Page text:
Master Gardener Olivene Nichols shows kids how to water plants in their garden at the Webb City Farmers Market.

Vendors make the market better by recruiting and helping new vendors

Cool off with a South American snow cone

Eileen Nichols

South American flavors are filling the market, along with tons of produce. 

You’re already familiar with Pupuseria Jandres. Our friend Mabel at Harmony Hill ran into Marta shopping one day and struck up a conversation that led to Mabel encouraging Marta to sell pupusas at the market. Mabel also taught Marta her baking recipes so she could sell on Thursdays while Mabel is busy in their fields. Then a group of Mennonites helped Marta build an inspected kitchen so she could sell at the market. Not to brag, because that is the last thing the Brubackers would do – but don’t we have wonderful vendors?

(The Brubackers don’t tell you about the lovely things they routinely do except in an off-handed way in talking about what fun they had working together. Their idea of fun is working, especially with a group. They would never tell you about good things they do for others just so you know they do good things.)

Our newest vendor is Family Pleitez, who plan to be at the market tomorrow with their minutas, a traditional South American snow cone served with a choice of locally made syrup flavors. Just the thing for a hot day.

Also look for a new ready-to-eat choice and some crops making their first appearance of the season – cherry tomatoes, green tomatoes, summer squash, blueberries and blackberries, to name just a few.

Tomorrow MU Extension nutritionists will share a sautéed summer squash recipe featuring market yellow squash and zucchini. Enjoy a sample, take home the recipe and add this summer favorite to your supper table. You can also enjoy market squash when you’re eating out.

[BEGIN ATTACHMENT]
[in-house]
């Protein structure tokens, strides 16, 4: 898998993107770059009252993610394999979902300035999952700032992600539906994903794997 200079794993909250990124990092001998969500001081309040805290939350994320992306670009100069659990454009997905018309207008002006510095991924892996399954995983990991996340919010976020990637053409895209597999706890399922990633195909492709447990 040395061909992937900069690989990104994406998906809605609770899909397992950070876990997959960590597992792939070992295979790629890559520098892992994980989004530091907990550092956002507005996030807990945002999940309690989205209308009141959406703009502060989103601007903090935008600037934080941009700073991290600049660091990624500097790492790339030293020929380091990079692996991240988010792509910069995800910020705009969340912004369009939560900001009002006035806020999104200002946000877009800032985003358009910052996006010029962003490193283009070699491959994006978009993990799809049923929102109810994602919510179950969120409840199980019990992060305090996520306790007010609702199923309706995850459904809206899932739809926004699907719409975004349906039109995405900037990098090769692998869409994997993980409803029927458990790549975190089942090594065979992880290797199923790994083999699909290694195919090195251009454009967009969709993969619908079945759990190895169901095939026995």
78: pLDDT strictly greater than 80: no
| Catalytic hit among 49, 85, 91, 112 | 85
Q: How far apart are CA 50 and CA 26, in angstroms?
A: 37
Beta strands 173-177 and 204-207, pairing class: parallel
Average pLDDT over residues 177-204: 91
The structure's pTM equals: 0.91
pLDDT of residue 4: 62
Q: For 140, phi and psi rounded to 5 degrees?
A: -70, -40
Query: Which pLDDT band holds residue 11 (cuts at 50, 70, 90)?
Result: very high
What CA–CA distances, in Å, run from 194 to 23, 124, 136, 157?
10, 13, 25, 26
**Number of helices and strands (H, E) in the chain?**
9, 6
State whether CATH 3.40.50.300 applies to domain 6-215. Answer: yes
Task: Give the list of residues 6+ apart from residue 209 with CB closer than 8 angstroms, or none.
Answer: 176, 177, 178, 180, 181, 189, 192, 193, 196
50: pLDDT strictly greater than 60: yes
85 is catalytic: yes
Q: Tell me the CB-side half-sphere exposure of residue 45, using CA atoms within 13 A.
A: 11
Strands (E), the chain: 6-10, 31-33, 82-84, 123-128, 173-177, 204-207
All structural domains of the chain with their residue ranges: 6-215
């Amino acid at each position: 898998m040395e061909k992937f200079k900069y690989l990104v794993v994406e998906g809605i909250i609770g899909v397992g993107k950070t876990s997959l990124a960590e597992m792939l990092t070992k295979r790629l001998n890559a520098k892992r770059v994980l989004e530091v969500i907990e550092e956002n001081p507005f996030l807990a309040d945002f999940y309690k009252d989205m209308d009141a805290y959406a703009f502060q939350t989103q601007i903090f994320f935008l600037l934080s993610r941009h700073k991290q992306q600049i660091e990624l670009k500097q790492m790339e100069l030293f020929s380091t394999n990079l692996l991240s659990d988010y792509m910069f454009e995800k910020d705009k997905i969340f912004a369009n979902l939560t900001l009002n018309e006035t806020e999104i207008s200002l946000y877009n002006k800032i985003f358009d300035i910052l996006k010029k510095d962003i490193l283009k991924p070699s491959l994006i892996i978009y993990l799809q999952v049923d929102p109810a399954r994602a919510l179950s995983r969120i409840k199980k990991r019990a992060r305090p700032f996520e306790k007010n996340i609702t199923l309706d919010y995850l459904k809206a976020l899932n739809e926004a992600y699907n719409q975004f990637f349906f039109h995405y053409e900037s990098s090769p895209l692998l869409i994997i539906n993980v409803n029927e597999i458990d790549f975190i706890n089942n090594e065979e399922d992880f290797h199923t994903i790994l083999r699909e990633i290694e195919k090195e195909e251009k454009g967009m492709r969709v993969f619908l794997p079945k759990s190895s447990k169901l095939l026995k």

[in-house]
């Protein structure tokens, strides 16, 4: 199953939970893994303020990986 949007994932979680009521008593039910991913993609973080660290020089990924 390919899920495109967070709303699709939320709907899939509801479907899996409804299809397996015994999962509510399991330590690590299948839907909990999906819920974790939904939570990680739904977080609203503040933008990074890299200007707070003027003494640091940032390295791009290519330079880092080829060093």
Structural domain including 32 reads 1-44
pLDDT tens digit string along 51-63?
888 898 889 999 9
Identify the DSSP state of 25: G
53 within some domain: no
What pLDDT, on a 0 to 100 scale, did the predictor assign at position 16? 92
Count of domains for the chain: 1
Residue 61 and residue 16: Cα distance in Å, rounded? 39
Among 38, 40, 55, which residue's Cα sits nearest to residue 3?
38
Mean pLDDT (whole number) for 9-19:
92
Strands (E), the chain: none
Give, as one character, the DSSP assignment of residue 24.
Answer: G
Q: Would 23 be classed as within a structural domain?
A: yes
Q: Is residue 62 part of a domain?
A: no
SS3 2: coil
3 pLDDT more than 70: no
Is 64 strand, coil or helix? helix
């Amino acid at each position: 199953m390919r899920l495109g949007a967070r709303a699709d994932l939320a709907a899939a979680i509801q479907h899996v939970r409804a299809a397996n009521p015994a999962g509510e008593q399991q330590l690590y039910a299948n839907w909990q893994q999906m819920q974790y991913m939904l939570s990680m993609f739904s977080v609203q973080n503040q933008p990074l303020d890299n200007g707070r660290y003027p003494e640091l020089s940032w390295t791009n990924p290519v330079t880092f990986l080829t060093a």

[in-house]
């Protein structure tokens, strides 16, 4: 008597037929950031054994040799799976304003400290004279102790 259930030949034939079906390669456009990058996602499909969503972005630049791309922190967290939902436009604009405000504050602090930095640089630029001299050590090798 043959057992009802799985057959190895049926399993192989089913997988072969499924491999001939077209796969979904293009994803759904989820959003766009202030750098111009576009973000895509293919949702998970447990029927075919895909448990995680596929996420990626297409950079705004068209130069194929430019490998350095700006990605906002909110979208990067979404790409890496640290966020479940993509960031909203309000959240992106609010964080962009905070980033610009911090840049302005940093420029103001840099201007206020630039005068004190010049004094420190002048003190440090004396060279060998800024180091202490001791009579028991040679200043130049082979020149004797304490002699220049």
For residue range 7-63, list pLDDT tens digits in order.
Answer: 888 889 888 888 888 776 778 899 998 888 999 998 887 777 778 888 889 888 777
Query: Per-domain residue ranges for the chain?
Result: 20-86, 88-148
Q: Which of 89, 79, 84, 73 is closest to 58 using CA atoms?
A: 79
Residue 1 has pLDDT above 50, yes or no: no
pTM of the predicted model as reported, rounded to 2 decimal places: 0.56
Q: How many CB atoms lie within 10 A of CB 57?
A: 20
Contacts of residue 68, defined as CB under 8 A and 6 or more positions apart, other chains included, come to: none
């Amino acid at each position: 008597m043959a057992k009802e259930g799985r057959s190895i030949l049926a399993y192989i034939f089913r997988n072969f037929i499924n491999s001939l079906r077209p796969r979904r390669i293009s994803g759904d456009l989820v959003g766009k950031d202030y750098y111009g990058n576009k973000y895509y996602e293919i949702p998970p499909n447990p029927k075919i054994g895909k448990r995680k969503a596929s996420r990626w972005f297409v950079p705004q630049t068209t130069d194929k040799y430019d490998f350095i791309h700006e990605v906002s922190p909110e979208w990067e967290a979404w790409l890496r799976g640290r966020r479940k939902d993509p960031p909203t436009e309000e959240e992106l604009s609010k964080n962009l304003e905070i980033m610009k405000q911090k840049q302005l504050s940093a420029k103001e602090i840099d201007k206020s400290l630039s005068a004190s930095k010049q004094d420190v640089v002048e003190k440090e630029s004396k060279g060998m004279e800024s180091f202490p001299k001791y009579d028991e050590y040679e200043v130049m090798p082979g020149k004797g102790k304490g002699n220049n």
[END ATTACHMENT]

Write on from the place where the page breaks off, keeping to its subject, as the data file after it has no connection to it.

The chef for Mercy Hospital was at the market Tuesday picking up squash for their cafeteria. 

Last week I had a delicious side dish featuring market squash and tomatoes at Just A Taste downtown.

And it’s not just local veggies. Yesterday I discovered my new favorite dish at Just a Taste – a blistered caesar with our own Stormy Farms’ chicken. It was amazingly good.

Other activities on tap for tomorrow’s market include the Free Kids meal – a ham-and-cheese melt with sugar peas and apple slices, plus milk. The meal can be packed to go or children can enjoy it on the picnic tables under the shade of the big tent north of the pavilion. Kids don’t need to be present but adults should show a photo of themselves with their children so we can get a headcount. The Kids Meal is served Thursdays from 11 to 1 under the green canopy across from the red barn. Any child, aged 1 through 18, receives a free meal regardless of income or where they live.

Every Thursday at 12:30 p.m. MU Extension presents Eating from the Garden, an interactive lesson about the foods we eat and how they grow. We stretch, we listen to stories, we get moving and learning.

Then at 1 p.m. Ms. Vicki, from Webb City Library for Tails & Tales, leads an outdoor story time and craft. Both activities are located near the Kids Tent north of the pavilion.